2. Preparing Marketing Documentation – It is essential that the documentation presents the business in a favorable light, highlighting the strategic and synergistic opportunities it presents to a buyer, while simultaneously providing full disclosure of all material facts and be prepared in a fashion that is easily understood by buyers. Due to the fact that they spend so much time working with buyers and sellers, M&A firms are the best suited to handle this phase of the process and will often have established templates for the various levels of documentation. When prepared correctly, these marketing materials will “pre-sell” a buyer on the opportunity and value of the business before the seller and his advisors waste a lot of time on them. To preserve confidentiality, the marketing materials should be drafted to provide increasing levels of detail as merited by the buyer’s decision making stage in the process. Prior to release to potential buyers, the seller and their other professional advisors should review the documents for accuracy.
  3. Locating and Qualifying Multiple High Quality Buyers While Maintaining Confidentiality – Qualifying buyers before providing them with any information, other than the most generic descriptive information, will help avoid wasting time on “low ball” offers from poorly capitalized buyers. It is essential to make sure one is negotiating with the ultimate decision maker in the buyer’s organization, or at least the individual(s) who is/are in a position to act as the acquisition’s champion within the buyer’s organization. Understanding a buyer’s motivation to buy and the value drivers they are seeking will assist the seller and their advisors to extract the maximum value from the buyer during the negotiation phase of the process. Several of the key questions to ask about the buyer include: (1) Does the buyer have the financial and operational ability to buy the business? (2) What strategic or operational benefit will the buyer receive from buying the business? (3) Have they ever bought a business before, and, if so, what was the deal like?; and (4) What is the buyer’s approach to valuation? There are a multitude of other key questions to ask, but these few will at least help to understand the buyer’s value equation. The importance of confidentiality cannot be overstated. Any knowledge of the fact a seller is considering the possibility of a sale can erode the value of even the strongest business at light speed. An M&A firm will typically be experienced in exposing the business to a broad array of potential buyers, without endangering its value due to premature disclosure of the sale. Also, they will have techniques and processes in place to minimize the danger of information that is disclosed to even the most qualified buyers.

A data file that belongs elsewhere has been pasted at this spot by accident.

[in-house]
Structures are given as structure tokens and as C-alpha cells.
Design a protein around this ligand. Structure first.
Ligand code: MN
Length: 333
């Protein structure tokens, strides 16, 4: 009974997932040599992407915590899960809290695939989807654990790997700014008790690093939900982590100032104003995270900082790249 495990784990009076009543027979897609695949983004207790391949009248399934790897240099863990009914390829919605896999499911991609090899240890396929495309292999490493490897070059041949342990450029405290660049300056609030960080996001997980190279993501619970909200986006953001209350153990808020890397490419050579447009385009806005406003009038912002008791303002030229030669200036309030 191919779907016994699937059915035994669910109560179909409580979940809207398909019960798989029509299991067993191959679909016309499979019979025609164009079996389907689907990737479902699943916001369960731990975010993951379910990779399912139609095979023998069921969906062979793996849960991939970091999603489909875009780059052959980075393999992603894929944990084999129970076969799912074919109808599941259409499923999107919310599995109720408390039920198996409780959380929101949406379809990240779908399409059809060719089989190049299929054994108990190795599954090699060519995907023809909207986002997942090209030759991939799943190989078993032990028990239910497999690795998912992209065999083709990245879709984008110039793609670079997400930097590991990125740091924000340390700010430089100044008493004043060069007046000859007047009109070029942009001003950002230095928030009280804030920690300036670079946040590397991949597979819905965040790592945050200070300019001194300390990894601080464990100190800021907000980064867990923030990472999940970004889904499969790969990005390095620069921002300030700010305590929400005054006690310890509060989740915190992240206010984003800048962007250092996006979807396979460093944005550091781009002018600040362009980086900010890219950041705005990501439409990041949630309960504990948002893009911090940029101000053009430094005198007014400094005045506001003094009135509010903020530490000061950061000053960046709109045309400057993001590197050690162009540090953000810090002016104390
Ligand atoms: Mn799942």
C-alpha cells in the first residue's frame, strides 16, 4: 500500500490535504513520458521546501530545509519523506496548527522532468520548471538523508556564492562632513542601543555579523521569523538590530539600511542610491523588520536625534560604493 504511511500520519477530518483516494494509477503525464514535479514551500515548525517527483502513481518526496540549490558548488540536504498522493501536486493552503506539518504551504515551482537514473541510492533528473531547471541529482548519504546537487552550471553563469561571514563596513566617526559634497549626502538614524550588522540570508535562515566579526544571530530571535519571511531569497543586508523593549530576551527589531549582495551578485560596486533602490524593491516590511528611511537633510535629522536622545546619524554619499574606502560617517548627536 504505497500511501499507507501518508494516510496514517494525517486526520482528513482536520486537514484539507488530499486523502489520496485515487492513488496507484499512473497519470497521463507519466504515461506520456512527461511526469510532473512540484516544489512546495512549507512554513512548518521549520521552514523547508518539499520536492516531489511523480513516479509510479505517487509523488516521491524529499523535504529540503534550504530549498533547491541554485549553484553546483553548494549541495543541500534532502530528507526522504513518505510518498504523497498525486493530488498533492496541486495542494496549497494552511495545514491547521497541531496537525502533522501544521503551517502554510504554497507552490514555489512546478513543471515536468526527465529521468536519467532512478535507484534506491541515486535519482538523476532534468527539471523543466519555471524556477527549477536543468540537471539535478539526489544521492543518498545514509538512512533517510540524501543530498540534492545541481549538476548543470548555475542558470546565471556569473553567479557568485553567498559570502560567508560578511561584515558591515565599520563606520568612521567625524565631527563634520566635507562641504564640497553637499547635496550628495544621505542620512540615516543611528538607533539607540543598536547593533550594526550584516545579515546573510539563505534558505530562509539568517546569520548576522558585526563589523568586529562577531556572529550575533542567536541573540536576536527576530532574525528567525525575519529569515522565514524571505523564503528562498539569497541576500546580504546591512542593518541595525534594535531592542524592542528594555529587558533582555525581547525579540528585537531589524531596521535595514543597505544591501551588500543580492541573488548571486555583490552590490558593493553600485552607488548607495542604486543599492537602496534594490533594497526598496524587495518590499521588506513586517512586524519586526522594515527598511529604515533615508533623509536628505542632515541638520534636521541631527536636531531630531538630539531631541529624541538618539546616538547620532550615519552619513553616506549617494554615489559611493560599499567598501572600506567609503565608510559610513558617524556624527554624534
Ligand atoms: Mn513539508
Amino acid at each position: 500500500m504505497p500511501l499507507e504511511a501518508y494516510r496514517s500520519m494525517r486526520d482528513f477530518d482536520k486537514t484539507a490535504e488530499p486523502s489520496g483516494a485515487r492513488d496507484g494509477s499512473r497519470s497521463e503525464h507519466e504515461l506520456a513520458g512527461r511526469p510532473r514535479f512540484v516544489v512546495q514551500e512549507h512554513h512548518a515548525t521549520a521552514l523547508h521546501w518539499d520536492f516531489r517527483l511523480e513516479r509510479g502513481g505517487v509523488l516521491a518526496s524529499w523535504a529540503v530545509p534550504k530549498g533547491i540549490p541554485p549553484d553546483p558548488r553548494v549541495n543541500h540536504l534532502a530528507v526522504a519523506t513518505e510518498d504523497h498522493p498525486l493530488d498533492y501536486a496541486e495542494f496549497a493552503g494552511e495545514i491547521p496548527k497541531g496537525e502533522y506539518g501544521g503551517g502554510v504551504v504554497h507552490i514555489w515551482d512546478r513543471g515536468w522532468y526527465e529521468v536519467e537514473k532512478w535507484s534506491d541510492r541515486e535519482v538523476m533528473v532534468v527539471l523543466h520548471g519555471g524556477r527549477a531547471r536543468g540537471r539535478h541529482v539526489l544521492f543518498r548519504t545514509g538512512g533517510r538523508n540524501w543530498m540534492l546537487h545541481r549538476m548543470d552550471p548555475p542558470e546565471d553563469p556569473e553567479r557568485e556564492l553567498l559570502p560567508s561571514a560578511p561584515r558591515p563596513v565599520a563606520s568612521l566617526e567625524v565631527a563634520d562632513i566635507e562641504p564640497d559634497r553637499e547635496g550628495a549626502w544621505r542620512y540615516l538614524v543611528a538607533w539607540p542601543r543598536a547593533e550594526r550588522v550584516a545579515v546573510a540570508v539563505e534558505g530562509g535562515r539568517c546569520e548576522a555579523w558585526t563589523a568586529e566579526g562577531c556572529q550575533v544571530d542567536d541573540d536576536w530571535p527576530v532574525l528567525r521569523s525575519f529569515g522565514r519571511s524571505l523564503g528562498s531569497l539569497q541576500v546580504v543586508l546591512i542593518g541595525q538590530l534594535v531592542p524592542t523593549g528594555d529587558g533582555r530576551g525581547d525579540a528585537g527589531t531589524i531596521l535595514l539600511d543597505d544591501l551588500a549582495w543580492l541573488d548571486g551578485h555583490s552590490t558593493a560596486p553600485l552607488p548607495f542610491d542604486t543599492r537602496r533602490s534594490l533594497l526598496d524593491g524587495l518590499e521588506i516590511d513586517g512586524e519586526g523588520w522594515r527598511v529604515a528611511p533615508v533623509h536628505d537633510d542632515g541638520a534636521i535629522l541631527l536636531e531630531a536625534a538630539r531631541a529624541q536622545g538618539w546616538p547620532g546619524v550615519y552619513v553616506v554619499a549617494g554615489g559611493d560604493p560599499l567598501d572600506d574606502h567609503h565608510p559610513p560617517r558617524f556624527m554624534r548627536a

4. Handling the Dissemination of Information to the Buyers, Scheduling Meetings and Responding to Information Requests – This is the most time consuming part of the entire process and, as such, has caused many a seller to take their eyes off the importance of running their business. The end result of that type of distraction is typically either a sales decline or a decrease in profitability, or both, none of which bodes well for achieving the maximum price for the business. Often, the business’ outside advisors can be excellent conduits for such information to avoid alerting the business’ employees. It is important to note that, just because a buyer asks for certain information, does not mean it is appropriate for them to receive it at that particular stage in the process. It is important for someone to play the role of traffic cop and make sure the buyer is not receiving information which is injurious to the business at an inappropriate time. Advisors who are experienced in the process will often have alternative ways of helping the buyer achieve the comfort level they need to proceed to the next stage, without exposing the business to an unacceptable level of risk from the disclosure.